Chess Grand Prix takes off

The first of the Bank Windhoek Grand Prix International Chess Federation (Fide) rated town opens started at Okahandja. Photo: Contributed

The recent Okahandja Open marked a historic moment for Namibian chess as the groundbreaking International Chess Federation(Fide)-rated Bank Windhoek Grand Prix got underway.

Hosted by Okahandja Secondary School, the event saw a vibrant gathering of 40 participants from diverse backgrounds and skill levels, setting the stage for an exciting series that promises to reshape the chess landscape in Namibia.

Introducing Fide ratings added an international flavour to the competition, allowing participants to establish their presence on the global chess stage.

Namibia Chess Federation president Goodwill Khoa says the Okahandja Open was more than just a chess tournament.

“It was a declaration of chess’ growing influence and inclusivity in Namibia. The top 10 games from the event were meticulously recorded, providing players a tangible record of their strategic triumphs and the opportunity to analyse and learn from their matches,” he says.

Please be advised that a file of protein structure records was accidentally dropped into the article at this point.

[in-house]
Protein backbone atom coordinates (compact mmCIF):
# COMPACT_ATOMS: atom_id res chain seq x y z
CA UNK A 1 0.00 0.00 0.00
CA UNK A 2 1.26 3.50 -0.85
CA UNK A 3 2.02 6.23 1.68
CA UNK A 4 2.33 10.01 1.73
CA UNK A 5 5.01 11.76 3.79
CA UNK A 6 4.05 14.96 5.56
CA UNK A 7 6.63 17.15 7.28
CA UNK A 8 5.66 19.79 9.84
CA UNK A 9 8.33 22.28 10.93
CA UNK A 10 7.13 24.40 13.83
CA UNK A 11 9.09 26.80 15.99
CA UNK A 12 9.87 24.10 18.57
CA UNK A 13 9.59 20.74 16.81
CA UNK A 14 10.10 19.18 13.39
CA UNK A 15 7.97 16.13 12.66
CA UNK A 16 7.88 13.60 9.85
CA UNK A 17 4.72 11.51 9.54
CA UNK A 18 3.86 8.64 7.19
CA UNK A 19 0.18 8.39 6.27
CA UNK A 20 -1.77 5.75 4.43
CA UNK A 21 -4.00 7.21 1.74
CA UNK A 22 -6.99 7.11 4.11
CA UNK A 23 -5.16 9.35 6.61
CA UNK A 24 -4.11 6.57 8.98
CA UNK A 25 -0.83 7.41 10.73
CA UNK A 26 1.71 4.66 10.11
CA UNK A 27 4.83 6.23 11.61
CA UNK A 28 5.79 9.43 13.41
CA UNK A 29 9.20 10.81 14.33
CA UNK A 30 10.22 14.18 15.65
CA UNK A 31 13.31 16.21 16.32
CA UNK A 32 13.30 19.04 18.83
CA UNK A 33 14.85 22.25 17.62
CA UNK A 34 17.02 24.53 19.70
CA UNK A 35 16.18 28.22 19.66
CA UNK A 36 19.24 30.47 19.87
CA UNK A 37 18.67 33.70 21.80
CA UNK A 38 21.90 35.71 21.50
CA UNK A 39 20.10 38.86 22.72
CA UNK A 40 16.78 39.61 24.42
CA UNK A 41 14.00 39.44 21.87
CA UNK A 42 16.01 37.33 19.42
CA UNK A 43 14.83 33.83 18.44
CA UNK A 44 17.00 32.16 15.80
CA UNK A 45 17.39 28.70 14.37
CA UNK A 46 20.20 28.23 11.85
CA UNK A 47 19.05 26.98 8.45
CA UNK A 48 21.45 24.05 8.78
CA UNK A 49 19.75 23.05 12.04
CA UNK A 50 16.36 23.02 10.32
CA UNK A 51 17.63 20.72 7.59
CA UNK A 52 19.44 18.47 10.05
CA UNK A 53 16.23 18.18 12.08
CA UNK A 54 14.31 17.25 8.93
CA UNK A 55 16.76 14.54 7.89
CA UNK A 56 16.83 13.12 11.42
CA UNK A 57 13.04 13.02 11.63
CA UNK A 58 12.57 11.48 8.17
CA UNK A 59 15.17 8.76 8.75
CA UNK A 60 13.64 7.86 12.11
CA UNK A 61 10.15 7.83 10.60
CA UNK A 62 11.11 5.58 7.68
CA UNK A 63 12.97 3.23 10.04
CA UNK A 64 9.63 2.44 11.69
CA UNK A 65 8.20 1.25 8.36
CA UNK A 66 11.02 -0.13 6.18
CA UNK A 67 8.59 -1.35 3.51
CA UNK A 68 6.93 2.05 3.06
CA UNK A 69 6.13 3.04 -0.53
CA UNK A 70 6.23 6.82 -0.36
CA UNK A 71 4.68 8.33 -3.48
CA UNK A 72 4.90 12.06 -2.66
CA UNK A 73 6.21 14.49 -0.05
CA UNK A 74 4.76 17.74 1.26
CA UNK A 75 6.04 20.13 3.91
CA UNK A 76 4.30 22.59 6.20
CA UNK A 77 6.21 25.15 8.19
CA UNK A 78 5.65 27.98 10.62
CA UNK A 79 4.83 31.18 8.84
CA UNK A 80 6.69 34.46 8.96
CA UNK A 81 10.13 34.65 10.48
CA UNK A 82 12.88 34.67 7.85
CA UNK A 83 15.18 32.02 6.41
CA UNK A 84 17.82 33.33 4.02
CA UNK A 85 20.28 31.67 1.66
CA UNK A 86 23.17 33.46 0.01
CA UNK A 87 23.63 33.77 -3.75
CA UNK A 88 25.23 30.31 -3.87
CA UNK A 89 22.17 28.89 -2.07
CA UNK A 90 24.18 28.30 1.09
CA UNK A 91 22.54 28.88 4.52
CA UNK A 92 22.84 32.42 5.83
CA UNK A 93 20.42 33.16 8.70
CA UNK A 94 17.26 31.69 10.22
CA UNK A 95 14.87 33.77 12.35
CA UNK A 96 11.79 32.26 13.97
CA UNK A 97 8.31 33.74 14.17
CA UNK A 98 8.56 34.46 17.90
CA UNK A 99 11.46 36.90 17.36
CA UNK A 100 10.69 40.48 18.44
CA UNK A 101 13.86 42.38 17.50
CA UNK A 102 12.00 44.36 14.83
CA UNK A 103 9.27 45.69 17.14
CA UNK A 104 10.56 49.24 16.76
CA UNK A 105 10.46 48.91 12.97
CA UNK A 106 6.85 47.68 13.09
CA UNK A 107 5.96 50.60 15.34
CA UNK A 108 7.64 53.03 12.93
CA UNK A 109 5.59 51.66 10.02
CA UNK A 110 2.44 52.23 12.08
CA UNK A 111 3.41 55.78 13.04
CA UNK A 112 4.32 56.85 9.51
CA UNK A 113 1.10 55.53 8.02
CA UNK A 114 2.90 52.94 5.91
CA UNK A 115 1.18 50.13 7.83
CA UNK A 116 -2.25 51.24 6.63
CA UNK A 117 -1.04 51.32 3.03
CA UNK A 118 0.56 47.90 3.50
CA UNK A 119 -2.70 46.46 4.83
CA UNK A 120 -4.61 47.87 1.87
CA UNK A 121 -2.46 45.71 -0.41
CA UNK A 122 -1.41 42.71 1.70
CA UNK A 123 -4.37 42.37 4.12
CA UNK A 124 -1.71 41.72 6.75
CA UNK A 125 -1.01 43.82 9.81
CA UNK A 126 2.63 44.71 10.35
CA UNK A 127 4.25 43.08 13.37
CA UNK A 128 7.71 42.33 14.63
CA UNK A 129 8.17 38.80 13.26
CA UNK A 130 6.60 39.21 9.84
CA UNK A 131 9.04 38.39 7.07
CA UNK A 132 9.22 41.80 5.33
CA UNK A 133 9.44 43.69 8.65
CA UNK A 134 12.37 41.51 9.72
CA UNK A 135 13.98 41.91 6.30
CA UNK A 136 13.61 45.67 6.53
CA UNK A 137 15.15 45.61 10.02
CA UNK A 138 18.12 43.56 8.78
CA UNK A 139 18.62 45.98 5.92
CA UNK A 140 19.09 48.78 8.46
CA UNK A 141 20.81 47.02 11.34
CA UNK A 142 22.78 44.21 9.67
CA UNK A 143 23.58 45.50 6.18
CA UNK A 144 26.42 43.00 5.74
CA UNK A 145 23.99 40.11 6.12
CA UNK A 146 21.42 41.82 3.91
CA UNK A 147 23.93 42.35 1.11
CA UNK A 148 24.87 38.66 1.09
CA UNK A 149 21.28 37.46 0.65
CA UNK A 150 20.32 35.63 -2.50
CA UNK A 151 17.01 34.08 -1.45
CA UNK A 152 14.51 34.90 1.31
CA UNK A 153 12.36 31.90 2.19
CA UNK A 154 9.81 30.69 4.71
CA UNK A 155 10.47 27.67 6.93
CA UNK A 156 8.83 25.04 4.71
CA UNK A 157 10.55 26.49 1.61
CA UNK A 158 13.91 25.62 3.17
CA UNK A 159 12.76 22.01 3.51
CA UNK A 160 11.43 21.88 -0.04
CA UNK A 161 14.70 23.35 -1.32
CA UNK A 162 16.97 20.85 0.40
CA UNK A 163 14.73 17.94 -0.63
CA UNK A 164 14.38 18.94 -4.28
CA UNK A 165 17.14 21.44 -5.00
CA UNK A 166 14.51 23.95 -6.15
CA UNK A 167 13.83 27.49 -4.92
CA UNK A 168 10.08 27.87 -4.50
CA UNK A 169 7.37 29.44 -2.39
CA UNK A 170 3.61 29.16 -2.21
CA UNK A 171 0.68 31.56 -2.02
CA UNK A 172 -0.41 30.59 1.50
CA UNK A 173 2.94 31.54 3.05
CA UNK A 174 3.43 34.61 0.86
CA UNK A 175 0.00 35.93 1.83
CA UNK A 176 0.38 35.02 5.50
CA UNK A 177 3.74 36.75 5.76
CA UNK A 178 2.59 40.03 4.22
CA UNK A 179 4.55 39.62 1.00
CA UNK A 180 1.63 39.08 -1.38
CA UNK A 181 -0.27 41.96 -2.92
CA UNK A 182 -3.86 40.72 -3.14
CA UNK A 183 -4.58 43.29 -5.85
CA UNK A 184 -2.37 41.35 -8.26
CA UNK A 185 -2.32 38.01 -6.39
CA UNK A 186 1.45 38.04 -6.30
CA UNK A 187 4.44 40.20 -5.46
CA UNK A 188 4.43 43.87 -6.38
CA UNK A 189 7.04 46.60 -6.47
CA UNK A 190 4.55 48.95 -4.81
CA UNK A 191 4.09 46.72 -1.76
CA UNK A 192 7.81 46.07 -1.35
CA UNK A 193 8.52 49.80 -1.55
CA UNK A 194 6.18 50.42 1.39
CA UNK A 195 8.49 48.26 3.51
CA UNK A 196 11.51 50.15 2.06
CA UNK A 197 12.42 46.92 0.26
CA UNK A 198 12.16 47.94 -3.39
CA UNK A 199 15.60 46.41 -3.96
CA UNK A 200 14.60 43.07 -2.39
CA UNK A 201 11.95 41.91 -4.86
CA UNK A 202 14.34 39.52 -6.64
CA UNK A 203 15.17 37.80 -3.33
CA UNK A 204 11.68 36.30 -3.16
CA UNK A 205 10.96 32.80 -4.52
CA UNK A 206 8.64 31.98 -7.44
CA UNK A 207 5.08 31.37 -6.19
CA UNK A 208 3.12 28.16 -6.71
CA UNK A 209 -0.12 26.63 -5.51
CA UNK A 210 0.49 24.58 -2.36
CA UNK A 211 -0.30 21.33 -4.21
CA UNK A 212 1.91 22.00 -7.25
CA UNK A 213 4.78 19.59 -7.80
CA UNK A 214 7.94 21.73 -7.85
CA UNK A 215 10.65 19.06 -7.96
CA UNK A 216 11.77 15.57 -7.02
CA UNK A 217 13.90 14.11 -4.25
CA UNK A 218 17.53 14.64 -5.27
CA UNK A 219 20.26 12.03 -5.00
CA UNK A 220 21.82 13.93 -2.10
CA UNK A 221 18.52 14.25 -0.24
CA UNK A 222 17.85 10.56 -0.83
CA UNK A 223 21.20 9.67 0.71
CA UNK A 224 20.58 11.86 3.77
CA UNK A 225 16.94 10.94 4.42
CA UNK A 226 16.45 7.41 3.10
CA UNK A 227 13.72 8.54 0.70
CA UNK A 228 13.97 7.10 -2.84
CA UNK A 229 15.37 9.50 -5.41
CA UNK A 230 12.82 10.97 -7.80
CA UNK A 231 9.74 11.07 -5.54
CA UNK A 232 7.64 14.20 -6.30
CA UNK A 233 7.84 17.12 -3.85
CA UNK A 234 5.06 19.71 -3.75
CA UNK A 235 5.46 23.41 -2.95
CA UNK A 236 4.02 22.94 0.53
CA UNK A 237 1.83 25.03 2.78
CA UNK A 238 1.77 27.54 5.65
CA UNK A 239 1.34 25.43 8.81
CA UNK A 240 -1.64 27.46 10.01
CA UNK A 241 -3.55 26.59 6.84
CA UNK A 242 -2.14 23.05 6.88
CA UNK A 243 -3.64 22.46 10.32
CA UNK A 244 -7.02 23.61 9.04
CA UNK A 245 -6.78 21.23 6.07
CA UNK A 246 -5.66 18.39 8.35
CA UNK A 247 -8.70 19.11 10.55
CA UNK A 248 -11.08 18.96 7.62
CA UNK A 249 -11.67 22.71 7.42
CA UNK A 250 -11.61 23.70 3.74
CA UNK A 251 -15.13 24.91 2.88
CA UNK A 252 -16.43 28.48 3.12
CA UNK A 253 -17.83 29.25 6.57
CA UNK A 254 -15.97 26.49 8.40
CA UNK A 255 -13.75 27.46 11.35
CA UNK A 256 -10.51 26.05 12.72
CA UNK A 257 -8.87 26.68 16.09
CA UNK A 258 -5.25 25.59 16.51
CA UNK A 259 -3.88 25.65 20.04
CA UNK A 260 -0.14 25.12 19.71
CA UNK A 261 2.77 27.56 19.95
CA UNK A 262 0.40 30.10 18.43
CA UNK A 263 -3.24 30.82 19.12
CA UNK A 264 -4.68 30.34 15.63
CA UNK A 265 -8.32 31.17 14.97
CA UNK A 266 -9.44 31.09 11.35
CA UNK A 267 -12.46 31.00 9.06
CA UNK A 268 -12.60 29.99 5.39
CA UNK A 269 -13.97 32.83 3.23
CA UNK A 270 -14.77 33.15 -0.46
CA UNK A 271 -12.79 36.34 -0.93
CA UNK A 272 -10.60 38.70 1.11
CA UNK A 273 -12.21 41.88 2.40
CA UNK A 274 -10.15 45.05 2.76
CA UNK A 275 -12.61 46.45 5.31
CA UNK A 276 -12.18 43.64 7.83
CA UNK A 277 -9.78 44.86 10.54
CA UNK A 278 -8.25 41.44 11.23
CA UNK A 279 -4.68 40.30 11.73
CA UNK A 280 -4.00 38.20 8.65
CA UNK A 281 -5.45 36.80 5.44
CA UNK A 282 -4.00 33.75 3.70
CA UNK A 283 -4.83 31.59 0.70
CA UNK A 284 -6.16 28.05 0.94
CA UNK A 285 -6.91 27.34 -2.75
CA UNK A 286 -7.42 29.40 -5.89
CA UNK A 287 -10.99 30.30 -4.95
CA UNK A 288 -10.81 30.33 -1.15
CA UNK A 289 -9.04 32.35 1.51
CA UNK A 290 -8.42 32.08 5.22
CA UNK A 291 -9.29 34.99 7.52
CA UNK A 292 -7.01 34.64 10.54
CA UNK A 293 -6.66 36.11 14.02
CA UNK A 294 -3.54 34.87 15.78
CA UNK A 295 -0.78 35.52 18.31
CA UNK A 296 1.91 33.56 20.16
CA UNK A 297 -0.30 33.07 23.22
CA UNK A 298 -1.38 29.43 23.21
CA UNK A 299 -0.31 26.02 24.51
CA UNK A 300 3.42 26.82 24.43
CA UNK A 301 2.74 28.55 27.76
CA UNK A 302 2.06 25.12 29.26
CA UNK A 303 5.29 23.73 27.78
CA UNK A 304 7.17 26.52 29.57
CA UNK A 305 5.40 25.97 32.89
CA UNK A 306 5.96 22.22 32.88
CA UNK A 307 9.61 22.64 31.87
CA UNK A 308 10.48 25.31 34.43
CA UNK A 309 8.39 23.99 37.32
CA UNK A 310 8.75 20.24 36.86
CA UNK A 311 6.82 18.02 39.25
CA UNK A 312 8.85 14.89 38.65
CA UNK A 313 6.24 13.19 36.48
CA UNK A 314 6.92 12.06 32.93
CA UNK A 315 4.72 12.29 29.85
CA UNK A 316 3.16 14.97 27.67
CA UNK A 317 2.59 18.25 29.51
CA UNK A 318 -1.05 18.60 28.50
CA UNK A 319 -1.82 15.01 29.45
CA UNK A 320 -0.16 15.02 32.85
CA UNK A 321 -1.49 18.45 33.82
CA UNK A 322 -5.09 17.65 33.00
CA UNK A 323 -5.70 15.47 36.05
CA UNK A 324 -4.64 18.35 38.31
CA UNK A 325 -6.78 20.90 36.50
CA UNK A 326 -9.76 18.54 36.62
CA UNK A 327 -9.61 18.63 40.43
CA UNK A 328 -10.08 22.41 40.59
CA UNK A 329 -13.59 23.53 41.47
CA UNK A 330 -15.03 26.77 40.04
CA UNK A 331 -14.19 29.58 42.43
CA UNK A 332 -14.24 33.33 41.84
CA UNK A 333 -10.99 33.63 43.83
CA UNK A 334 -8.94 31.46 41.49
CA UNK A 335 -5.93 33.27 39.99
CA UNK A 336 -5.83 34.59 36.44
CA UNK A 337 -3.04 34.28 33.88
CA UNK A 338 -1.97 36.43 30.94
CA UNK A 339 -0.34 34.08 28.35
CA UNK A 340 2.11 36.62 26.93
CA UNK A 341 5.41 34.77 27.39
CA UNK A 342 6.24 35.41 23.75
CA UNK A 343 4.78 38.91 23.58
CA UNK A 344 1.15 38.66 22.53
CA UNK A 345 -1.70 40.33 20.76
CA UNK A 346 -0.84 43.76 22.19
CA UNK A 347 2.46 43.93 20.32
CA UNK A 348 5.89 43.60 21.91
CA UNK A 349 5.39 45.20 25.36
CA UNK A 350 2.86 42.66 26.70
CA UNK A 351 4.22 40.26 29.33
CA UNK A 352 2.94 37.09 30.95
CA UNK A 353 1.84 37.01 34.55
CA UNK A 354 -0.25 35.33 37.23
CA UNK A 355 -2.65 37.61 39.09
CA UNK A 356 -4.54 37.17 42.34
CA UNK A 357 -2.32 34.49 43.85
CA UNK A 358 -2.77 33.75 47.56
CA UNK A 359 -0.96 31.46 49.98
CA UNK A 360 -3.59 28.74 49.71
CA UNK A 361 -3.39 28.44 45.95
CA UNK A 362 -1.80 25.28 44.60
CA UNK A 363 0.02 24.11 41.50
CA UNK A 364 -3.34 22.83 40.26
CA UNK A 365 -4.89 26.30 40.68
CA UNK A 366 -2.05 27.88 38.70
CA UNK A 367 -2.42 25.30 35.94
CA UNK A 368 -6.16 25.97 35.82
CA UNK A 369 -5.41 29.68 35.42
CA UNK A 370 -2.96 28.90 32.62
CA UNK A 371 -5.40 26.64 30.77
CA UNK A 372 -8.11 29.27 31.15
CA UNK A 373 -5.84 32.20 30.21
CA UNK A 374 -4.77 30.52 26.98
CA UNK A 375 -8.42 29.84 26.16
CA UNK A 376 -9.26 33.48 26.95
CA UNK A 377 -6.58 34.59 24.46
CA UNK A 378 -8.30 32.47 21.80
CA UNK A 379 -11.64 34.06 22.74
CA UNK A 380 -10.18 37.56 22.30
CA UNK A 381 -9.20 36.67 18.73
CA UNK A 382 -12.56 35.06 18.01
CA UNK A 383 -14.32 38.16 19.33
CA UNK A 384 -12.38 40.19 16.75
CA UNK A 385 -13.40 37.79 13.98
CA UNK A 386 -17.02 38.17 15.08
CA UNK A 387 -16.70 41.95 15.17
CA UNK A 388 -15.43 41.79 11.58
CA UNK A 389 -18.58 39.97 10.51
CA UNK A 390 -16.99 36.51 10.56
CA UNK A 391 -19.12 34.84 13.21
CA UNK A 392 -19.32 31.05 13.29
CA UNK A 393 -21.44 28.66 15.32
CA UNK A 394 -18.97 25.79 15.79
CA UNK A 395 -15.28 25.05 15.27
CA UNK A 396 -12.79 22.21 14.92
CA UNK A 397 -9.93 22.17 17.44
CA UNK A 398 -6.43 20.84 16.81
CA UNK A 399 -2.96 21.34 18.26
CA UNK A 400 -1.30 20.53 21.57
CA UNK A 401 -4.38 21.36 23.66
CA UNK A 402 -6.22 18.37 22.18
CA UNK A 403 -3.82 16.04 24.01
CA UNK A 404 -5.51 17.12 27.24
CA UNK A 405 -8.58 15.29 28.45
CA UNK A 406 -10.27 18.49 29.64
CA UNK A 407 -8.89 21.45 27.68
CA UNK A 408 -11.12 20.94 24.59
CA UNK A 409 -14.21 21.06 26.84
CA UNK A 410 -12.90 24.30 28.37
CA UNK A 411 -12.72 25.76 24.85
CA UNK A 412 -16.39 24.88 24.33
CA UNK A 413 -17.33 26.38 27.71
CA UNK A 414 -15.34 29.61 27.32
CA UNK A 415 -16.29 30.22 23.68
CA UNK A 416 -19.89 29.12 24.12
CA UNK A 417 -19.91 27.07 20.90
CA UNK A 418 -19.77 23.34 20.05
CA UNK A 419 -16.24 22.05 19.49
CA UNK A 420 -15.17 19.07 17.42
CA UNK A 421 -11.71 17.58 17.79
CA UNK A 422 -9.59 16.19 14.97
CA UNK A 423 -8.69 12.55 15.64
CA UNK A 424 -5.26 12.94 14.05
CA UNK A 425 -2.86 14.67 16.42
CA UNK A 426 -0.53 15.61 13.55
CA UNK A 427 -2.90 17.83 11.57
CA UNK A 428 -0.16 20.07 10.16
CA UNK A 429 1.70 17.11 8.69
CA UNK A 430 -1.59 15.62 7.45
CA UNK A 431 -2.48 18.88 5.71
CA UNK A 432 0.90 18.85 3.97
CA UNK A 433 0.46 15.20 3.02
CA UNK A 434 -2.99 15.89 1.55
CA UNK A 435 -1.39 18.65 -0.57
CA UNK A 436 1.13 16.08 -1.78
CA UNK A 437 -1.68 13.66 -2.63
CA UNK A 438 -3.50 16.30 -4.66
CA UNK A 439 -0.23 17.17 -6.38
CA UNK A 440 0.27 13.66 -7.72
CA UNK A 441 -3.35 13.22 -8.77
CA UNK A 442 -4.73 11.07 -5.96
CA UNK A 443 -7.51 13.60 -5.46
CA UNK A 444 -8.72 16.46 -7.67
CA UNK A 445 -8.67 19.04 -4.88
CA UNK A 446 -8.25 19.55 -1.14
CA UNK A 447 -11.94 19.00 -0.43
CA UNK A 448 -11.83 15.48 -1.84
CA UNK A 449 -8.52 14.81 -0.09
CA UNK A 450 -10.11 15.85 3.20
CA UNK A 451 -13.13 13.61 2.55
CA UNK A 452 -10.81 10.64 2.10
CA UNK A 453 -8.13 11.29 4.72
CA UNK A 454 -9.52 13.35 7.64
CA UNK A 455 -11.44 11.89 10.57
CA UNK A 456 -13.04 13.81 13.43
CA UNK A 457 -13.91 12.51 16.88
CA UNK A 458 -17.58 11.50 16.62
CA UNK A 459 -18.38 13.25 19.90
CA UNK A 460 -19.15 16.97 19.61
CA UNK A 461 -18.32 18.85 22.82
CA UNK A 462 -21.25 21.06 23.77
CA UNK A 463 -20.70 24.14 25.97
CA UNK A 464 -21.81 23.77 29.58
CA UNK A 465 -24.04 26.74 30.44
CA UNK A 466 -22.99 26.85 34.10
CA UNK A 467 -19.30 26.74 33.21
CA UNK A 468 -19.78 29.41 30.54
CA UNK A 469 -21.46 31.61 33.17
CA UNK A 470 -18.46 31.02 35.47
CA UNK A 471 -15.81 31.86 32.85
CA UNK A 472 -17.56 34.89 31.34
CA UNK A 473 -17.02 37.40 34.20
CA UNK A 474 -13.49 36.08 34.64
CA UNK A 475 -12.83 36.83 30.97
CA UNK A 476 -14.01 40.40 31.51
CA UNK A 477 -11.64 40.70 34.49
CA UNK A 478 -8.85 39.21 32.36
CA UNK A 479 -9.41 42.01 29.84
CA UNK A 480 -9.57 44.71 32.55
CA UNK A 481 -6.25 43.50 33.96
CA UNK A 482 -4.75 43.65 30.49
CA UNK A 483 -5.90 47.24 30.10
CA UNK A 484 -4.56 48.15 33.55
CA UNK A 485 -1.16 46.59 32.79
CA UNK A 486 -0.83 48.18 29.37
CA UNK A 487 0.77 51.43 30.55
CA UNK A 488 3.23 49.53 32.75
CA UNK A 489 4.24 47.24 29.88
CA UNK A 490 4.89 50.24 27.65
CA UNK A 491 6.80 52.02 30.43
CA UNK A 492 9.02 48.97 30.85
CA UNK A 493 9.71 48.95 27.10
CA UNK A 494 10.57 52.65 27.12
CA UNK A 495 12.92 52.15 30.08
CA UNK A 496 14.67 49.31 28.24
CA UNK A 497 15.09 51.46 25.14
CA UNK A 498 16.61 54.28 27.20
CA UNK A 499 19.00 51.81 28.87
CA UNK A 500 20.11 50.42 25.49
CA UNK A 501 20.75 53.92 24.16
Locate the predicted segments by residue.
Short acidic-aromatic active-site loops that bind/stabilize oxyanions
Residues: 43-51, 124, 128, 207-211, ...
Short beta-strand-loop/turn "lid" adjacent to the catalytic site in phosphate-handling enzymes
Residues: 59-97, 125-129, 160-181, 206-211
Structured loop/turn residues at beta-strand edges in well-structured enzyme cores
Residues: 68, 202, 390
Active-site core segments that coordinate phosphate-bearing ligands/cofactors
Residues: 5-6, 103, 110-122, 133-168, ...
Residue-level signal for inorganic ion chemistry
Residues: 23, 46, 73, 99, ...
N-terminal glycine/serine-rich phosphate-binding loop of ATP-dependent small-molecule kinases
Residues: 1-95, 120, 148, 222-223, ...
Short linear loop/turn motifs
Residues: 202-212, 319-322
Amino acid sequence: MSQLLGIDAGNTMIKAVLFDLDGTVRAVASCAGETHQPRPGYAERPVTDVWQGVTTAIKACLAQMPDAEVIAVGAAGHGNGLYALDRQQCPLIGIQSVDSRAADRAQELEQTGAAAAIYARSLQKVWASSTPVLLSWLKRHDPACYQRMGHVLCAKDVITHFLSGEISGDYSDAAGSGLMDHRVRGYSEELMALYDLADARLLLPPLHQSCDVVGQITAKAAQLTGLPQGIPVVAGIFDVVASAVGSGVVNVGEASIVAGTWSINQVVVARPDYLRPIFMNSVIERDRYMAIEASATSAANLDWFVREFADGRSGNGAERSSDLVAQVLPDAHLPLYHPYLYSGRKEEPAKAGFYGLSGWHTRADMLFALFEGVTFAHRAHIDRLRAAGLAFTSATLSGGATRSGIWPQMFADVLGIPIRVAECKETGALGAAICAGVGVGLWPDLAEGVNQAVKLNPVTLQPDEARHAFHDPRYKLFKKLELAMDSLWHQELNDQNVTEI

One of the standout features of the Okahandja Open was the remarkable performance of locals who displayed exceptional skills by defeating seasoned players and even Fide-rated opponents.

Khoa says this underscored the depth of talent in regions beyond the capital, Windhoek, and demonstrated that Namibia’s chess prowess is not confined to a specific geographical area.

The success of the Okahandja Open marked the commencement of the 18-leg Towns/City Open.

This series will unfold in selected locations across Namibia on specified dates.

“This ambitious initiative by Bank Windhoek is set to engage and inspire chess enthusiasts in various regions, fostering a sense of healthy competition and collaboration,” Khoa says.

The Bank Windhoek Grand Prix is not just a series of standalone tournaments.

This comprehensive chess journey allows players to accumulate points throughout the year. Players can earn points by participating in the town opens, contributing to their standing in the Grand Prix Series.

“The ultimate reward awaits at the end of the year when the Grand Prix Series concludes, and the overall winners are celebrated for their outstanding performances,” Khoa says.

As the Grand Prix unfolds across Namibia, each town and city will become a chess battleground, and players will have the chance to leave their mark on the country’s chess legacy.

“The Okahandja Open was just the beginning – a prelude to the grand symphony of chess that will resonate across Namibia through the Bank Windhoek Grand Prix,” Khoa says.

Stay informed with The Namibian – your source for credible journalism. Get in-depth reporting and opinions for only N$85 a month. Invest in journalism, invest in democracy –
Subscribe Now!

Latest News